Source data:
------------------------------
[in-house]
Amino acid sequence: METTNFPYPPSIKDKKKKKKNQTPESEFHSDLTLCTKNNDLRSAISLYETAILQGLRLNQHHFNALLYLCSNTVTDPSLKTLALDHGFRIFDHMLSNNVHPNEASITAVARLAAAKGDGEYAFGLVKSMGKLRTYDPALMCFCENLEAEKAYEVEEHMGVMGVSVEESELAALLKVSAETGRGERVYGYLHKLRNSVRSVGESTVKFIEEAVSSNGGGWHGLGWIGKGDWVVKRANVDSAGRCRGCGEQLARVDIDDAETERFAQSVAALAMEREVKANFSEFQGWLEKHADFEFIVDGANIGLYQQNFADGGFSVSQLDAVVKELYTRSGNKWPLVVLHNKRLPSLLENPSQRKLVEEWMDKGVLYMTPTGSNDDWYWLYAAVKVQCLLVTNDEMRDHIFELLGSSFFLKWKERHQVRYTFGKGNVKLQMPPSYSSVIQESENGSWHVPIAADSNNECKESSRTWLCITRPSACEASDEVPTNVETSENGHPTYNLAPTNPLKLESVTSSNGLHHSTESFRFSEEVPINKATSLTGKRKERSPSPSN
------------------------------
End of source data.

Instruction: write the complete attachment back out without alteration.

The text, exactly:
[in-house]
Amino acid sequence: METTNFPYPPSIKDKKKKKKNQTPESEFHSDLTLCTKNNDLRSAISLYETAILQGLRLNQHHFNALLYLCSNTVTDPSLKTLALDHGFRIFDHMLSNNVHPNEASITAVARLAAAKGDGEYAFGLVKSMGKLRTYDPALMCFCENLEAEKAYEVEEHMGVMGVSVEESELAALLKVSAETGRGERVYGYLHKLRNSVRSVGESTVKFIEEAVSSNGGGWHGLGWIGKGDWVVKRANVDSAGRCRGCGEQLARVDIDDAETERFAQSVAALAMEREVKANFSEFQGWLEKHADFEFIVDGANIGLYQQNFADGGFSVSQLDAVVKELYTRSGNKWPLVVLHNKRLPSLLENPSQRKLVEEWMDKGVLYMTPTGSNDDWYWLYAAVKVQCLLVTNDEMRDHIFELLGSSFFLKWKERHQVRYTFGKGNVKLQMPPSYSSVIQESENGSWHVPIAADSNNECKESSRTWLCITRPSACEASDEVPTNVETSENGHPTYNLAPTNPLKLESVTSSNGLHHSTESFRFSEEVPINKATSLTGKRKERSPSPSN